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Tom Clancy’s The Division 2: Red Divided

Red Thomas Posted:
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The Division 2 was a really big maybe for me.  Even when I don’t like a game, I can usually find aspects that I think were well done and that I can appreciate, but The Division asked a bit much from me.  That’s not really Ubisoft’s fault, though.  Nor was it a problem with the developers.  There can’t be just a whole lot of people in their target demographic that know (or care) much about constitutional limits on authority.

Without getting super into the details, my job in the Army required that I know, understand, and make decisions based on the constitutional authorities and the protections granted to U.S. persons.  It was something that was really beat into us through our training and I think most of us really embraced it because the principle was something that matters to us and that we care about deeply.  So, when members of the mysterious “Division,” were activated under executive authority to engage in activity against U.S. persons in a manner that directly violated their rights to due process, it was a big deal for me.

As a fan of Tom Clancy books and having read a bit about him personally, I know he was a conservative and a constitutionalist, and that means he would have never approved of such a blatant violation of constitutional protections in anything with his name on it.  It seems like a small thing, but when a period of your life revolved around a dedication to those values, it’s really hard to suspend belief and just enjoy the game.

Philosophical Change

That constitutional challenge was not all that disappointed me about The Division, but it was definitely the one thing I couldn’t really get past.  The big question I had going into The Division 2 was whether it would still exist and how much it would bother me.  In fact, I almost skipped the beta entirely because I was so disenfranchised over the first game.

It turns out that it was far less overt in The Division 2.  You know from the last one that the members of the organization were supposedly created by and reported directly to the President, but I don’t remember that ever coming up even once while I was running through the beta.  It also helps that your base of operations is in the White House and there’s no President to be seen or spoken of, and the dilapidated condition of the landmark building is such that you can be sure he’s long gone, if he’s still live at all or even if rule of law matters in the new state of existence.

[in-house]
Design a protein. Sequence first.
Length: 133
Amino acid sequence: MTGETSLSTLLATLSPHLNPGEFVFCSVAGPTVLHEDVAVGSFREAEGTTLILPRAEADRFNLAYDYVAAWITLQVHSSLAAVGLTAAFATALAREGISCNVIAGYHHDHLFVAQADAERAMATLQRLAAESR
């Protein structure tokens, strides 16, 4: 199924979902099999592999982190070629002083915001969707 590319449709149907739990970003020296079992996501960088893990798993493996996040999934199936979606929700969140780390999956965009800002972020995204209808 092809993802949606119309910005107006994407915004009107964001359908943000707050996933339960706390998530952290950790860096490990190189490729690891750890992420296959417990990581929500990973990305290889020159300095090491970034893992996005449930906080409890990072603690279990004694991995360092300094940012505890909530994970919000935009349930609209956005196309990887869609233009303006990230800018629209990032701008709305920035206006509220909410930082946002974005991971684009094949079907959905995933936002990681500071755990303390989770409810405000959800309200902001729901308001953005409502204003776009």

I feel like lighting is better used in The Division 2 than it was in the first game, and it really adds to the difficulty of fighting at night.

The condition of the building and the rest of D.C. also helped to create that separation from the last game and this one for me.  The Division 2 feels much more post-apocalyptic, which gives you the sense that the rule of law has broken down, in which case there is no federal government and thus no constitutional protections.  For me, that makes it a lot easier to suspend belief and, enjoy the game as a work of fiction.  It’s no longer so close to something that I know a lot about, have experience with, and care about.

Even if you’re not the stickler for constitutionally-granted authorities that I am, you’ll be interested in the new environment of the game, which is very well done.  The developers may have been a little aggressive with how quickly flora and fauna reclaimed the city per their own timeline, because we know from Fukushima and Chernobyl that reclamation takes a little time even in the total absence of humans.

Still, the devs did a great job with subtle details that I think are very spot on.  Buildings have been connected via rooftops and residents crow crops in the castle-like security.  That seems completely realistic to me.  Assuming the grooves would support the thin layer of top soil required, and there’s no doubt that parking garages would have little trouble with it.   Even if many other rooves couldn’t support that much weight, it would be a very feasible method of protecting food supplies in that situation.  D.C. gets a lot of rain and the water table is high in the city, so irrigation isn’t likely to be an issue.  Security would be the major concern and securing the first few floors of buildings would be an ideal solution.

It does help that the world feels a little more towards the post-apocalyptic side of things, but I think there’s a bit too much vegetation and wildlife, especially considering all the hungry people.

Small squads of NPCs roaming the city to scavenge additional supplies and secure the immediate area was a great touch.  For one, it shows that time has passed and the people have adapted to a more security-focused norm.  It also tells us that the prior-service survivors have used their military experience to train other civilians in good counter-insurgency tactics.

In all, the atmosphere has changed enough in The Division 2 that I didn’t constantly feel like I was being bombarded with implausible situations.   If I ignore to some degree the background presented in the first game, the second one plays as a pretty good game set just months after a catastrophic biological event.

Design Change